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jojoba
02-23-2006, 07:31 PM
I'm looking for a job and I've been calling a lot of recruiters and agencies and I've been sending lots of emails but I don't get the response I've expected.
Am I doing something wrong or it is a common practice not to return phone calls?

Ronin
02-23-2006, 10:49 PM
Emails aren't the way to go.
If you want a job that much, you need to call them firstly, then see them in person.

These places get thousands of emails everyday, but most of those are just people who are casually looking for work.

Make yourself stand out by going in person.

Administrator
02-24-2006, 11:54 AM
Emails aren't the way to go.
If you want a job that much, you need to call them firstly, then see them in person.

These places get thousands of emails everyday, but most of those are just people who are casually looking for work.

Make yourself stand out by going in person.

I completely agree. Always try to make a phone contact first. If nobody gets your call then make sure you leave a message and ask to call you back. Once you get a hold of somebody on the phone, ask them for a private meeting to discuss your career objectives.

Recruiters will be much more inclined to work with somebody they have seen and talked to, instead of unknown person from a resume.

Good luck!

jojoba
02-24-2006, 12:51 PM
Thank you for the advice. I was afraid of that but nothig comes easy. I guess I'll start doing that.

Tim
02-26-2006, 06:36 PM
Good luck jojoba.
There has been some excellent advice in this thread.

Let us know how you get on!

trappercase
03-09-2006, 01:59 PM
I've said it before in another post and I will stand by it. I don't agree with calling first. I hire a lot of people throughout the year and I do not like to have people calling me and asking if we are hiring. The first thing I think of is that this person is too lazy to get on some respectable attire and "hit the bricks". There have bee many of instances where I have been in desperate need of an employee and hired the next respectable applicant who walked in the door. This is only my opinion and how it works here. Who knows, maybe that's how it works the next place you are applying.

And don't ask the receptionist if they are hiring, try to ask to see the manager first. They will probably ask who you are, tell them but you don't necessarily need to tell them why you are there. Do all you can to get to see the manager.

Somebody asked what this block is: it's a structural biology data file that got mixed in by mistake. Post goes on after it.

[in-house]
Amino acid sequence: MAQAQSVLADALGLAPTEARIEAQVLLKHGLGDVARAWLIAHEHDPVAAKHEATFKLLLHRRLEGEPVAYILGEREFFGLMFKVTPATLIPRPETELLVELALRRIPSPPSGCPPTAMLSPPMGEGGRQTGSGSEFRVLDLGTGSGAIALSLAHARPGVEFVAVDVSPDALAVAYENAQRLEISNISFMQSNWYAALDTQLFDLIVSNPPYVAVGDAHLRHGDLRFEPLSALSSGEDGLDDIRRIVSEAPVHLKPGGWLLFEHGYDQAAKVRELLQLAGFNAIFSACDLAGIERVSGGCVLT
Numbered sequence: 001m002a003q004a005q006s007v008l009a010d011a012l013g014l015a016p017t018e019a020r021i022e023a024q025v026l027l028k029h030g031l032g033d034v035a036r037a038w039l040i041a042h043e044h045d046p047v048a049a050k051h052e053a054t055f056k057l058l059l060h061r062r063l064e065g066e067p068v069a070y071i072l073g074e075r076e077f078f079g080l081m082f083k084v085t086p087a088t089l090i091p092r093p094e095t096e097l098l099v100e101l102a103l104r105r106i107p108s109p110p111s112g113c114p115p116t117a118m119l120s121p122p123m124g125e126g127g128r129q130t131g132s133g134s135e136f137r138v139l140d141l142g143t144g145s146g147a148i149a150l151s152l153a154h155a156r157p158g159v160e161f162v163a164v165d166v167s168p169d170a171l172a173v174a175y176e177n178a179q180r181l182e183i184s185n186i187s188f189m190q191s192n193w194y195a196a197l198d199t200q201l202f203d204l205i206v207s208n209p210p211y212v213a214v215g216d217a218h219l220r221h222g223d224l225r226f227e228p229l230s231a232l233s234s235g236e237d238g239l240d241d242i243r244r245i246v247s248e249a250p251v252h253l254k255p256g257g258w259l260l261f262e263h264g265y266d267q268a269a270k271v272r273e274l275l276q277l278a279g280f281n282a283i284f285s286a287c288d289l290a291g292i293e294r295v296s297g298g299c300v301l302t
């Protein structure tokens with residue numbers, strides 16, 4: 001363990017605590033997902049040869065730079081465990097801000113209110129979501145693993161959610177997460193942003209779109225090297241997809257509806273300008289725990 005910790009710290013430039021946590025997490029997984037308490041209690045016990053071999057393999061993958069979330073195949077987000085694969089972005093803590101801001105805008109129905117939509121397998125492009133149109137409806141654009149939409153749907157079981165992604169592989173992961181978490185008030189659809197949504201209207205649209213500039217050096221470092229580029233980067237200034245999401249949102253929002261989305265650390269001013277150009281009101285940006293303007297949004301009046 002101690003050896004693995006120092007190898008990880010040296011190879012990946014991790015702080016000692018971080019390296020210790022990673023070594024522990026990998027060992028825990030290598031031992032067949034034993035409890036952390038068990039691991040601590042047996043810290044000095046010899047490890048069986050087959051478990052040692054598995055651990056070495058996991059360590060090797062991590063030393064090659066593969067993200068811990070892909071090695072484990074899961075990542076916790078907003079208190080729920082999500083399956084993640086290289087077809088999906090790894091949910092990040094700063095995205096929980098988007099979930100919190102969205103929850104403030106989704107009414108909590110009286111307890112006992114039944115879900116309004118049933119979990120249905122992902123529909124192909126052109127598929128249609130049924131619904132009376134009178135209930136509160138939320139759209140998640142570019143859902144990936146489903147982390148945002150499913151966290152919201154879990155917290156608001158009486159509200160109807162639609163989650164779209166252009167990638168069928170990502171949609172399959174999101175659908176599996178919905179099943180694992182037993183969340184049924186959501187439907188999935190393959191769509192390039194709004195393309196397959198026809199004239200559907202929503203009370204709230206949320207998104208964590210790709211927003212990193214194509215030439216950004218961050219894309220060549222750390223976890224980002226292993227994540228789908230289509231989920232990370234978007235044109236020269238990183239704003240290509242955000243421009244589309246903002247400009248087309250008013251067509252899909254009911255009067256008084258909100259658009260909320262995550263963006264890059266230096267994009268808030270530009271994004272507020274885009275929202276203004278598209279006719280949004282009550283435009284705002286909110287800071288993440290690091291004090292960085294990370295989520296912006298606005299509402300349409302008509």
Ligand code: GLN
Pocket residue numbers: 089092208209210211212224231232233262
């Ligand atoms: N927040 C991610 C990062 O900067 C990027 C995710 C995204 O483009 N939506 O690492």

Julie
03-15-2006, 06:54 AM
It is really normal for them not to respond unless you catch their eye.
Remember they receive hundreds of requests and responses every day, they just can't afford to contact everyone.

That's why you need to make yourself really stand out from the crowd.

trappercase
03-20-2006, 01:53 PM
Upon re-reading this thread, I can't disagree with calling a recruiter first. My opinion on going in person refers to the actual employer.

lookingforjob
03-23-2006, 10:24 AM
In my experience (IT contracting), most good jobs that pay well and are offered by established companies, always go through recruiters. Of course there is a simple explanation, why this happens. The big companies do not pay unemployment insurance/CPP/benefits for the contractors they hire, and these companies get their protection by having contract with a middle man (recruitment agency), thus shifting the liability for any problems with the contractor to the middle man.

ibarif1
12-12-2007, 02:48 PM
I don't really believe that phoning will make difference. I never phone staffing agencies. before I finish a contract I update my resume and send it to all of the agencies. I always get a new contract with Government before I finish the old one. I believe the keys here:

Your resume Up to date: you have to put every thing you know, again every thing;
sending many emails to the right agencies, example, I'm Web developer and I sent many times my resume to Randstad, but didn’t get nothing form them. I realized later that agency is specialize in clerk positions not in IT;
and visiting the agencies Web sites, when you find a position that suit you, update again you resume the way that fits the position and apply.

Remember, the recruiters are not specialists in your field then they almost want you to copy the job description and past it in your resume. But this is enough with agencies recruiters but not enough with the client. When your resume will be sent to their client it will be screen out. Then when you copy and paste you don’t need to show them that you did. Change the sentences little bit add more thing to show them that you really know what you are talking about.

I give you an example: At the beginning I was putting on my resume
Web developer/working with dreamweaver, html, Fireworks/Developing dynamic and static Web pages.
But it is not enough to cach their eyes
Web developer/ working with dreamweaver, html, Fireworks/applying templates, frames, cleaning HTML code, making it standard to Commun Look and feel, building and manipulation images using hotspots………

You resume could be 7 pages, no worries, they want you to do the job then show them how you could fit in their position, even some thing without importance for you, has a big importance for them.

And another thing, yes you will send hundred resumes/day and you will get no phone call. No worries, keep sending them. Even they don’t reply, not a problem, bug them but I good way.

I'm working this way for over a year and now I applied for permanent position with federal Government and I'm doing all the test, hope I get one soon. you too.

Hope it helps.

georgebuffet
07-20-2009, 02:44 AM
Hi There !!

It is better to call the agencies and ask for the opportunity or you can meet them in personal. Because they may not check their mails and so we wont get good response. We need job so we must be interested to search.

Hope it helps :)